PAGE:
Film | Wide Angle

How to sell your film abroad

by Mark Schilling

Contributing Writer

As a reviewer, reporter and programmer, I go to six or seven film festivals a year. This is nothing compared to some colleagues, who trudge the festival circuit in a never-ending loop, but it’s enough to give me a heap of festival badges.

My trip to the Fantasia International Film Festival, whose 23rd edition ran from July 11 to Aug. 1 at venues in Montreal, was a first in more ways than one, however.

North America’s premier genre festival, Fantasia has attracted such Hollywood A-listers such as Robert Pattinson, Guillermo del Toro and Nicolas Winding Refn, while inviting films from top Asian directors like Takashi Miike, Sion Sono and Johnnie To.

But I wasn’t there to see the films on offer, including an impressive lineup from Japan, but to pitch my own idea at the festival-hosted Frontieres International Co-Production Market, held from July 18 to 21.

My producer and I had done a similar song-and-dance at a project market in Italy two months earlier, but Frontieres was bigger and, for genre projects from North America, more important. Given the fierce competition for the 20 available slots, it was something of a miracle that our made-in-Japan project got in.

Our budget, which we announced in an eight-minute presentation to a packed auditorium on the first day of the market, was mid-range for a Japanese film, but absurdly low for Hollywood — or even Canada. People later complemented us on its “realism,” by which they meant, “Your investors have a fighting chance of making their money back.”

I sat through the other presentations (ours was the second of 20) to learn and, in some cases, reflect — Why didn’t we have our absent director make a chatty video message, like several of our counterparts?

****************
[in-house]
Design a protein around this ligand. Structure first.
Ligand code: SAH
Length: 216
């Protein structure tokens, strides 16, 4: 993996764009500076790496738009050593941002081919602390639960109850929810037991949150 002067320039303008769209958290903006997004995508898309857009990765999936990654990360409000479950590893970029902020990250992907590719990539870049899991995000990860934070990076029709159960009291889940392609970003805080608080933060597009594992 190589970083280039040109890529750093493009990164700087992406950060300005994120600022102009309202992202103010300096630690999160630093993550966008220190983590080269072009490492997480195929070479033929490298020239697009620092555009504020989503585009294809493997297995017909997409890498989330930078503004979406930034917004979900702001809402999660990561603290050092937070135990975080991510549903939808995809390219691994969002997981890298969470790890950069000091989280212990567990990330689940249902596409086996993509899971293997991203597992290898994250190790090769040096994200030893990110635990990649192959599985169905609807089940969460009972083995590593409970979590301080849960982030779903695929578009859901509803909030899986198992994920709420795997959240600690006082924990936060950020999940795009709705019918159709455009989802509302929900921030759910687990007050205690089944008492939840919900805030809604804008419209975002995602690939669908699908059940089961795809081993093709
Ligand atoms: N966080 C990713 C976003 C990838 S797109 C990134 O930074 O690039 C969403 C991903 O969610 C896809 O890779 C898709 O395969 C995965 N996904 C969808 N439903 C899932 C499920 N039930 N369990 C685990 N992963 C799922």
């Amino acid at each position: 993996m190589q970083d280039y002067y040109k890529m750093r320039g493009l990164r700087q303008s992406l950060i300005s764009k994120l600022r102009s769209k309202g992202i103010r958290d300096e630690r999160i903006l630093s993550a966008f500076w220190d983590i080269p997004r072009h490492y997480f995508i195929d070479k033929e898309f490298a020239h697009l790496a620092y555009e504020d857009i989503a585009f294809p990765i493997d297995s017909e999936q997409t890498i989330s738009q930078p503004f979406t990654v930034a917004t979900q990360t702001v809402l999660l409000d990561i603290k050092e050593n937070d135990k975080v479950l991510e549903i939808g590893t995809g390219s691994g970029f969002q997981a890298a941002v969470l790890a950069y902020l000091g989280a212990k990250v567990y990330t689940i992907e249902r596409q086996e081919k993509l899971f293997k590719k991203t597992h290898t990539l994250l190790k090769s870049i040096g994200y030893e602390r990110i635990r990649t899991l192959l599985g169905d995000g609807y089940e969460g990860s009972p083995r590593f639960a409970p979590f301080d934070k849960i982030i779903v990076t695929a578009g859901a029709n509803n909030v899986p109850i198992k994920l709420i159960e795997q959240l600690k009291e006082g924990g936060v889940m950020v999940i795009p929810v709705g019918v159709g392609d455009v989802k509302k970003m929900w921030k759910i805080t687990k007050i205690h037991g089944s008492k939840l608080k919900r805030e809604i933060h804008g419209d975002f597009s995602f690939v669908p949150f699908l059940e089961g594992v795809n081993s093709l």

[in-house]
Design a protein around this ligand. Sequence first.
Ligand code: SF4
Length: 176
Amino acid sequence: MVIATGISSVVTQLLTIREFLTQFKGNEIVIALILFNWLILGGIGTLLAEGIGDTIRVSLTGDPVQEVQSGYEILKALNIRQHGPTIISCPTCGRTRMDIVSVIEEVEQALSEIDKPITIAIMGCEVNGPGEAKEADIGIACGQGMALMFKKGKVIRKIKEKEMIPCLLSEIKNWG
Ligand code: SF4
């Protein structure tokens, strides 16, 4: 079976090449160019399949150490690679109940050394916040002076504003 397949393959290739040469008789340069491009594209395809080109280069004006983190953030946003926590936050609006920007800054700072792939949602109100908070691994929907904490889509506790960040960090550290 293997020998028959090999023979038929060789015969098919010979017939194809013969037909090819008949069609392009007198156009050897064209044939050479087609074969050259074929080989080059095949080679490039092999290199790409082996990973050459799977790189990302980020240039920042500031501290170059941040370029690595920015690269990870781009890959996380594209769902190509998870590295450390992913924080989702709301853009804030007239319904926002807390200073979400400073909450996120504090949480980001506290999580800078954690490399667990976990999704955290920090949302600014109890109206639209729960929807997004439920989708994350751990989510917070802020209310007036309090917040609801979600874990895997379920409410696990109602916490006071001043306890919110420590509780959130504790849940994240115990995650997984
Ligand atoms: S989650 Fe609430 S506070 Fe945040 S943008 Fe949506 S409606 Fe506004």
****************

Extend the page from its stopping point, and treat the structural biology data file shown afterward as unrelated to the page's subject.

But the audience, which ranged from a programmer for a festival near the Arctic Circle (he canceled our meeting) to a rep for Netflix (he came, thankfully), liked our little slide show and talk just fine. We scheduled more than 30 meetings and in none was the hard sell necessary. Many folks came to pitch us something, be it a deal on post-production work in Montreal or sales representation in North America.

What came of all those confabs? At this point it’s hard to say. A veteran programmer for the Toronto Film Festival told me ours was the strongest project of the 20. One reason: Our director’s previous films have traveled widely on the international festival circuit, winning three invitations to Fantasia. Our rivals couldn’t claim the same.

That’s good to hear, but after three years of pushing this project along, I’ll only believe the compliments when our director shouts “action!” on set for the first time. That said, my four days at Frontieres were educational. I learned a bit more about how the sausage is made.

And I did see some good films, notably a section of four shorts by Nao Yoshigai. A dancer, choreographer and artist, Yoshigai uses colorful flower petals, idyllic natural landscapes, young female dancers and other elements straight from an imagination fed by shōjo manga (girls comics), but combines them in ways dream-like, disturbing and distinctive. And I’m sure she had to pitch her films to no one. When your budget is zero, your freedom is infinite.

GET THE BEST OF THE JAPAN TIMES
IN FIVE EASY PIECES WITH TAKE 5